cyclones are usually accompanied by a rainfall but tornadoes are not  accompanied by a rainfall

 

Answer by Tori
Submitted on 11/21/2005
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For one, they are NOT the same.

Cyclones/Hurricanes/Typhoons are born on the sea, and Tornadoes are born on land.

JOE - DON'T CALL SOMEONE AN IDIOT WHEN YOU'RE THE ONE WHO'S AN IDIOT!!!

 

Answer by bob
Submitted on 1/16/2006
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i like gravy and trees!

 

Answer by spongebob squarepants.dah!
Submitted on 2/9/2006
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a cyclone spells c-y-c-l-o-n-e and tornadoes spell t-o-r-n-a-d-o-e-s.the spelling!dah

 

Answer by Ally
Submitted on 3/7/2006
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HAHA.. you guys don't know lol......IT IS....>>the eye of a cyclone is calm, whereas the eye of a tornado is made up of descending air surrounded by a strong upward current.  >>the wind speed of a tornado is significantly stronger than that of a cyclone.  >>cyclones lose energy when they move over land.  >>cyclones and tornadoes are measured using different methods.  <<>> something else...<<>> cyclones form over the ocean/sea whereas tornadoes form over land.... soo there ya go fellas... enjoy :) xoxo

 

Answer by wh
Submitted on 3/21/2006
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Not the same. Tropical cyclone, Hurricane and Typhoon are the same, different names for different parts of the world. These form over the ocean at the center of a low pressure system Tornadoes do not

 

Answer by me
Submitted on 4/11/2006
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They are the same

 

Answer by SPAGHETTI ALFREDO
Submitted on 5/10/2006
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the difference is that a cyclone a a twirling rush of air and a tornado starts on water and brings the water on land and flood where it went.

 

Answer by >=(
Submitted on 5/24/2006
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no they are not!!!god these pplz man

 

Answer by tiff
Submitted on 7/12/2006
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i think that this web site should have the correct answer so after u type your answer u can get the answer, &

 

Answer by Big T
Submitted on 7/22/2006
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It is my understanding that a Tornado is in the northern hemisphere and a cyclone is in the southern hemisphere and they rotate in opposite directions. I would realy like to know for possitive.

 

Answer by cool person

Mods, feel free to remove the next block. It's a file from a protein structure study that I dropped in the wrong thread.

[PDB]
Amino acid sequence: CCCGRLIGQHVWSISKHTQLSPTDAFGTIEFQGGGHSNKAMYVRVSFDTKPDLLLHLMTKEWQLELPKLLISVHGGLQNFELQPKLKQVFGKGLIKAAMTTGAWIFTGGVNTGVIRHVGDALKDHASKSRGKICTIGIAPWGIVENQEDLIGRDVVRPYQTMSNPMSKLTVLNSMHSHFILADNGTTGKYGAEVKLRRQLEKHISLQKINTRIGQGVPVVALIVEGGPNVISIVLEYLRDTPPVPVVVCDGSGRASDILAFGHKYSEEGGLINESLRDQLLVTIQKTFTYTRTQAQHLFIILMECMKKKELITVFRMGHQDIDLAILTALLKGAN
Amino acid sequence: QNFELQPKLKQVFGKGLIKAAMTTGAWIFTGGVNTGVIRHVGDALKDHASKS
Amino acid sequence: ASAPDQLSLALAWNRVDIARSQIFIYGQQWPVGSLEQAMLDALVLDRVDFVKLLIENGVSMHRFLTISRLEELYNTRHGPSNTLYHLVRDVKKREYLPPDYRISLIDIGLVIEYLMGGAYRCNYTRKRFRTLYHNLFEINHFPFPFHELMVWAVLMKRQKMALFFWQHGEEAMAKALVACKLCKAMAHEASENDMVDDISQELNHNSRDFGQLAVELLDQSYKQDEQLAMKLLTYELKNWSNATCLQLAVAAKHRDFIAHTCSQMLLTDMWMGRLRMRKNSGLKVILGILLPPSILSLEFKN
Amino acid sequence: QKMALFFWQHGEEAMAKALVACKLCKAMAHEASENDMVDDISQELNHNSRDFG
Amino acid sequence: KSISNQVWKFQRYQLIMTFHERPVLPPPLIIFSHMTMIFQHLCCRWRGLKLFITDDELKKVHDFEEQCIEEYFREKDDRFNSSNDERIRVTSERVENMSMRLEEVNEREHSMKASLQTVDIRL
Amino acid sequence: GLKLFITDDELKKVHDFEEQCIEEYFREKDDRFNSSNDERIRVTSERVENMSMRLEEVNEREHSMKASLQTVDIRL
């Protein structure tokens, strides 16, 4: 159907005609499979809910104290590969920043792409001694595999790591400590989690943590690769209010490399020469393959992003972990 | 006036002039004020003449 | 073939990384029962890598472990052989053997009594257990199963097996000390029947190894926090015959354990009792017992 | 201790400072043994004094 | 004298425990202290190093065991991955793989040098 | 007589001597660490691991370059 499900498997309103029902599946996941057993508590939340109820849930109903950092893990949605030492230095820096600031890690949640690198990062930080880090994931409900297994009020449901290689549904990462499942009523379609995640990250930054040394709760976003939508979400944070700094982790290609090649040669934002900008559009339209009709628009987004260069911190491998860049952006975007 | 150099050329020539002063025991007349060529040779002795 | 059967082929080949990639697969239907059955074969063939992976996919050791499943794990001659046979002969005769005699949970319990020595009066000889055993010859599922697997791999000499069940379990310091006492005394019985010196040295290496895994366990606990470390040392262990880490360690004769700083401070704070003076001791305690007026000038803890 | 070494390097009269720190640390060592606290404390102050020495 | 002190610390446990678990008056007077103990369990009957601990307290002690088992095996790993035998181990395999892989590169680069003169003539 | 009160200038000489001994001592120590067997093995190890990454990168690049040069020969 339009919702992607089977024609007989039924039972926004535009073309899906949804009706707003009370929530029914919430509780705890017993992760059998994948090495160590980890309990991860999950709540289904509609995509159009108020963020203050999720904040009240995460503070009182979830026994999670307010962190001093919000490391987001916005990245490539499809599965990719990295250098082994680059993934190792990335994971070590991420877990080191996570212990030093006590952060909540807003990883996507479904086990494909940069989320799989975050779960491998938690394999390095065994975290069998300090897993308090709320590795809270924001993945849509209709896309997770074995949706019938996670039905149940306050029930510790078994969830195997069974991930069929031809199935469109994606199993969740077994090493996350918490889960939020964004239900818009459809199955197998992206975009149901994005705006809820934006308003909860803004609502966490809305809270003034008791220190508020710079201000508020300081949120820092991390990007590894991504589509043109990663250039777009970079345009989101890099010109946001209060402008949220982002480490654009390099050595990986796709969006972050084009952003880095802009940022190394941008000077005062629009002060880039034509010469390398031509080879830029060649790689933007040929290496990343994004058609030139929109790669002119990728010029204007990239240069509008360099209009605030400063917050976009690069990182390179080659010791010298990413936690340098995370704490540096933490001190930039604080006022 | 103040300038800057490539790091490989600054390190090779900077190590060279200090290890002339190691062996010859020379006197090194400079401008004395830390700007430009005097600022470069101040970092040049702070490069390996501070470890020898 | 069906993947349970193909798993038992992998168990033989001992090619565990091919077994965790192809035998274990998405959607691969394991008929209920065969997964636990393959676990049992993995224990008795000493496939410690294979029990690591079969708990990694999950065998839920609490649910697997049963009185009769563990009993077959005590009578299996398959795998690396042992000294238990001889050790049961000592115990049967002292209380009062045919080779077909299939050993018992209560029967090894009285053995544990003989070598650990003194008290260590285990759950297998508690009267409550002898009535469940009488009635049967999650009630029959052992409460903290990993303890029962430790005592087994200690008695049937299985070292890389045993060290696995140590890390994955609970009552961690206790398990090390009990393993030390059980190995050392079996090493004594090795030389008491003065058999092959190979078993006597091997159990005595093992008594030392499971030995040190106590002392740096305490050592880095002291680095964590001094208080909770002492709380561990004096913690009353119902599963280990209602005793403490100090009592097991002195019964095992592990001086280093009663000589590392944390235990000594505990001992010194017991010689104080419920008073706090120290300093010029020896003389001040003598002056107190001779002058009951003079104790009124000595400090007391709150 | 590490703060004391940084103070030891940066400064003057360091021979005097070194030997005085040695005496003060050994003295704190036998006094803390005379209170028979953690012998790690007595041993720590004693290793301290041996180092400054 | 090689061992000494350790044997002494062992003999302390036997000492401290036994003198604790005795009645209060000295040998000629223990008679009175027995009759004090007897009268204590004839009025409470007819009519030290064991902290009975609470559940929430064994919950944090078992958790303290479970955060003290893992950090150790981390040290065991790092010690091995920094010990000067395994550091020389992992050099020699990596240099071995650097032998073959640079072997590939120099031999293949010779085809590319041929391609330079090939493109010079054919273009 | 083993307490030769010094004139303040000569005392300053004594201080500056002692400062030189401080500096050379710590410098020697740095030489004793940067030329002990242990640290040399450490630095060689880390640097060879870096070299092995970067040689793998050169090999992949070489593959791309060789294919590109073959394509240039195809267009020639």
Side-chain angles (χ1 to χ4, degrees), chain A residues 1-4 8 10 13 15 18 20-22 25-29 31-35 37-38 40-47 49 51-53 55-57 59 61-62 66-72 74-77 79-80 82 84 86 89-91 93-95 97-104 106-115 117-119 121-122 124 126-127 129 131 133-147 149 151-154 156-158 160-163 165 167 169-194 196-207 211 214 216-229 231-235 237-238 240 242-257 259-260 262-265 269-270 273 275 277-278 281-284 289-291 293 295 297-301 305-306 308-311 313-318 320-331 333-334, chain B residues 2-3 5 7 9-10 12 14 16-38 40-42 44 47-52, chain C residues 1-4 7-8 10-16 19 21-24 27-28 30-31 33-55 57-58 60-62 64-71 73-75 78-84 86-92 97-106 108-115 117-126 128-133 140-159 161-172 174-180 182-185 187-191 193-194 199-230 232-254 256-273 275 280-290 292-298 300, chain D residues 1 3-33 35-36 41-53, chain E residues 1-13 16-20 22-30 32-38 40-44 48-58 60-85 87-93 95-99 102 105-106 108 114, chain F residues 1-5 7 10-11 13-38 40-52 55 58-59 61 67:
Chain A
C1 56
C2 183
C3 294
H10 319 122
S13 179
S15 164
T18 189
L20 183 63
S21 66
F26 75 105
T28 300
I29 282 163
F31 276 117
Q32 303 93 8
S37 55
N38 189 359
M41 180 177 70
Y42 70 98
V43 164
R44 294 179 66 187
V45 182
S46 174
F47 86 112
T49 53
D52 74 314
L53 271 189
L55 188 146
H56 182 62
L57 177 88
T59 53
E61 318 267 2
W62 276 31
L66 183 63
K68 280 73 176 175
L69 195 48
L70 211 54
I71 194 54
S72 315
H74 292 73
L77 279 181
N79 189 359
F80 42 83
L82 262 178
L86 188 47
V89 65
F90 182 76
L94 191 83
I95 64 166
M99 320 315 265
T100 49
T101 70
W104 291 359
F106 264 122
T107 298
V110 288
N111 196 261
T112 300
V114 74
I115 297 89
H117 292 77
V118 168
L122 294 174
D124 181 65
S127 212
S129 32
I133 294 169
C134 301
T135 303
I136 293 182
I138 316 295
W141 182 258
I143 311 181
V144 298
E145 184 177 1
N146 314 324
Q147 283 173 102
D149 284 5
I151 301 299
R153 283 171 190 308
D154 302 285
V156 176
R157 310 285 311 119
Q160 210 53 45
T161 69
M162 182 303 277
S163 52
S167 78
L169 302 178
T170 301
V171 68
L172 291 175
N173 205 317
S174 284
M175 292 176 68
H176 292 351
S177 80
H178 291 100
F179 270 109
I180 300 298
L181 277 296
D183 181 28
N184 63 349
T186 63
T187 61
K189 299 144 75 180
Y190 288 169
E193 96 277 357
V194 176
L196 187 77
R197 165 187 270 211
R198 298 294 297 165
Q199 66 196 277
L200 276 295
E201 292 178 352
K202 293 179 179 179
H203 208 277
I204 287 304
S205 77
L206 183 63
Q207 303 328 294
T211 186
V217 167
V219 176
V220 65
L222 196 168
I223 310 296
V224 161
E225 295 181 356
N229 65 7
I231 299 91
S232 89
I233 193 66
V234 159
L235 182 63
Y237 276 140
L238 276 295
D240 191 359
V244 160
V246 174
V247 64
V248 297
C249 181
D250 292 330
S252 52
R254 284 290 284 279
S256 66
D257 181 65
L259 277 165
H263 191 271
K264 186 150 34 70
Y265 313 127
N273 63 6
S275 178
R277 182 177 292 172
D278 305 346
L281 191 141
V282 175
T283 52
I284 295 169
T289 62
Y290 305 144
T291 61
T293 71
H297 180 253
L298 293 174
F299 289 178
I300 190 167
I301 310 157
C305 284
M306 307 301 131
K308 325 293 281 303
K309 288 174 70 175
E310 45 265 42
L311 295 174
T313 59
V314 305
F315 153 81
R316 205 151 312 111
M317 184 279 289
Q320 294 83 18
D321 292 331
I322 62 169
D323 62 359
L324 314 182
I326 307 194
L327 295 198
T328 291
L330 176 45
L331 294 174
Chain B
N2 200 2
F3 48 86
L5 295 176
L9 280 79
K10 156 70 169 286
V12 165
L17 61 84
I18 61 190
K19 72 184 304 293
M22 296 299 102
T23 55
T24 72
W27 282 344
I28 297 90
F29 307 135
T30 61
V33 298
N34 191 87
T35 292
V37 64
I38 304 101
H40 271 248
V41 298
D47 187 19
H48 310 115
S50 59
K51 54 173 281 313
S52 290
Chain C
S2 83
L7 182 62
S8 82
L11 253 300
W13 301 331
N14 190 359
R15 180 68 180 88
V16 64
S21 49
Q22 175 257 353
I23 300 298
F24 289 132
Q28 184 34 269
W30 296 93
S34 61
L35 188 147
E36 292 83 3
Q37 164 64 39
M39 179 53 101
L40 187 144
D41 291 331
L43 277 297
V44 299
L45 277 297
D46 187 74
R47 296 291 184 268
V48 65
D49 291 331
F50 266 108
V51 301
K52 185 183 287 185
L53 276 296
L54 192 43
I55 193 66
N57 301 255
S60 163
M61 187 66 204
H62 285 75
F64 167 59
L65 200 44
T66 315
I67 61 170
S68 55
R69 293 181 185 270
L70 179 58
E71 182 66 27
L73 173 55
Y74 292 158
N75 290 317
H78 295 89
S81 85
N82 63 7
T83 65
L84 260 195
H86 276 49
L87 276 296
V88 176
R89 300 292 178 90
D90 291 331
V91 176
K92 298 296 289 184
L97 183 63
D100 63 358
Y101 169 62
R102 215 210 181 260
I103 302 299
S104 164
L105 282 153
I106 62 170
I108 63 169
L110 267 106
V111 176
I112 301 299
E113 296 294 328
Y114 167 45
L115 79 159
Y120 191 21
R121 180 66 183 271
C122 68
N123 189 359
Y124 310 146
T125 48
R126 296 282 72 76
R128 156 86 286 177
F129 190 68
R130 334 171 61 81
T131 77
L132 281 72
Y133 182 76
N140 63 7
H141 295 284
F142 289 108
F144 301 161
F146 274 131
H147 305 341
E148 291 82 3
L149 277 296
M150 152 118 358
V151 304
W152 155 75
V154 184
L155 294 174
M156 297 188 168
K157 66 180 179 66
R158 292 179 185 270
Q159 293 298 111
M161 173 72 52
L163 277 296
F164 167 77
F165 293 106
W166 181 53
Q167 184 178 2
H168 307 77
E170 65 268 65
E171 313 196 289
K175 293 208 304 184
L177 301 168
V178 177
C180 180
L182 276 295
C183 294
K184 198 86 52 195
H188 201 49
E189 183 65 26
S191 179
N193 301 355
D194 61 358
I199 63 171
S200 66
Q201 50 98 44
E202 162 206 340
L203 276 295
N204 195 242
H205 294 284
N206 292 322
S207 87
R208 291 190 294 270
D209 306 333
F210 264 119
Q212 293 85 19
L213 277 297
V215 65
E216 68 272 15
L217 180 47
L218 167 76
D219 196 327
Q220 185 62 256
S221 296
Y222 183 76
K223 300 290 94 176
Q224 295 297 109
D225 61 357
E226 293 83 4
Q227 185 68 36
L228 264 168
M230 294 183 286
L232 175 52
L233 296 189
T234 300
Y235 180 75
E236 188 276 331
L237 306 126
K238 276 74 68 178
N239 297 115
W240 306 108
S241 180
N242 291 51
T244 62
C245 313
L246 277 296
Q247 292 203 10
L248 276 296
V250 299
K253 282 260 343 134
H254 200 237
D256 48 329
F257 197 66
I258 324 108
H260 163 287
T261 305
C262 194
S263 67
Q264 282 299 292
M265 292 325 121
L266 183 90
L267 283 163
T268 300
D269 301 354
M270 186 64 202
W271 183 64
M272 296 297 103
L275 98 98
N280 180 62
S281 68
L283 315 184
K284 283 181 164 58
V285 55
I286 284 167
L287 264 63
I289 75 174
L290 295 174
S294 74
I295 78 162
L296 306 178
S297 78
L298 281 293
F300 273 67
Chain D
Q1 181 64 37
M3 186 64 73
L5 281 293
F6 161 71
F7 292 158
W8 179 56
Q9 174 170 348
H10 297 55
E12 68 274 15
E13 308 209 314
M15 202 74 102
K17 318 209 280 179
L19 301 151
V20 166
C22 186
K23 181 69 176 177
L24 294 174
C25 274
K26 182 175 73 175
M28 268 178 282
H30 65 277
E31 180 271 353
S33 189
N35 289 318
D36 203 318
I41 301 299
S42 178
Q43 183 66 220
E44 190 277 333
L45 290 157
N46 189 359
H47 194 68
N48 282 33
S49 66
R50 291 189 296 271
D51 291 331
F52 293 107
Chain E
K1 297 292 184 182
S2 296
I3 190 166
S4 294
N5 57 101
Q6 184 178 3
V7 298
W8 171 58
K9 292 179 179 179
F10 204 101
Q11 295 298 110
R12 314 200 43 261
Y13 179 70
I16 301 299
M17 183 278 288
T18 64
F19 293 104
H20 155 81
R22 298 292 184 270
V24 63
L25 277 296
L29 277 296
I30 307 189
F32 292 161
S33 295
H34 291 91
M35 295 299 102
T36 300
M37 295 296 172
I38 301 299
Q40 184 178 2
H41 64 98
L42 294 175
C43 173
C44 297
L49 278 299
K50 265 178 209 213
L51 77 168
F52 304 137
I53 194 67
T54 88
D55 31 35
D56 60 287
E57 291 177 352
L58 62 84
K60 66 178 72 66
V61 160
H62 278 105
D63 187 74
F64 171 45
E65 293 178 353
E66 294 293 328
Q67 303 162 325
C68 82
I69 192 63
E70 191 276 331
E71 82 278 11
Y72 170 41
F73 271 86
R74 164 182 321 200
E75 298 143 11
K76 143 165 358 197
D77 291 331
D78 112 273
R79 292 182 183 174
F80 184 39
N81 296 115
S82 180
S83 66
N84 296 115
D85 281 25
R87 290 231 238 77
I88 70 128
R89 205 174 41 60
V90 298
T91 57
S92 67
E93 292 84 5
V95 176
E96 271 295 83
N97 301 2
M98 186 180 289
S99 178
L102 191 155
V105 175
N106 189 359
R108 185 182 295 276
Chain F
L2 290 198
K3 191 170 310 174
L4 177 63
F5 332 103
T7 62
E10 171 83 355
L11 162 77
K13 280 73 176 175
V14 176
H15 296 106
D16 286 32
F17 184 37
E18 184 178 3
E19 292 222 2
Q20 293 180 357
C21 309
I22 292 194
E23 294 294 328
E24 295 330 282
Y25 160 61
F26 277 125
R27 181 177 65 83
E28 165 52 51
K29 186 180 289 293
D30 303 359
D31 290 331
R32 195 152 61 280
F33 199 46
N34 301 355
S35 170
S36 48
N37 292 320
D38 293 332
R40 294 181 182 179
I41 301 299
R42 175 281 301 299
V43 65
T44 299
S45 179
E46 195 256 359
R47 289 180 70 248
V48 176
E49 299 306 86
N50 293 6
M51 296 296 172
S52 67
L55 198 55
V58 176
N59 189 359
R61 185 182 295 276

Submitted on 9/14/2006
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a cyclone is a hurricane and a tornado is smaller than a hurricane

 

Answer by bla bla
Submitted on 10/24/2006
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supercalisfragalisticexpialadoscious

 

Answer by Ding Dong
Submitted on 10/26/2006
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Ha Ha Ha this site suks ballz

 

Answer by Jazz
Submitted on 11/7/2006
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While both tropical cyclones and tornadoes are atmospheric vortices, they have little in common. Tornadoes have diameters on the scale of hundreds of meters and are usually produced from a single thunderstorm. A tropical cyclone, however, has a diameter on the scale of hundreds of kilometers and contains many thunderstorms. Tornadoes are primarily an over-land phenomena as solar heating of the land surface usually contributes toward the development of the thunderstorm that spawns the vortex (though over-water tornadoes have occurred). In contrast, tropical cyclones are purely an oceanic phenomena - they die out over-land due to a loss of a moisture source. Lastly, tropical cyclones have a lifetime that is measured in days, while tornadoes typically last on the scale of minutes.

 

Answer by Emma
Submitted on 4/17/2007
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i think i dont no thats why i came here!!!!!!!!!

 

Answer by ali
Submitted on 4/25/2007
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this site is frekin awsome

 

Answer by ssshhheesh
Submitted on 5/17/2007
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You people are so
stupid i cant believe not one of use answered my question.

 

Answer by steph
Submitted on 5/21/2007
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the diference is tornados have more wind, cyclones have lots of rain & wind

 

Answer by lol
Submitted on 7/2/2007
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lol no they arnt Joe, you're the idiot. cyclones are formed on the water and tornados are formed on the land.

Heaps good knowledge you have there Joe u fukn wanker.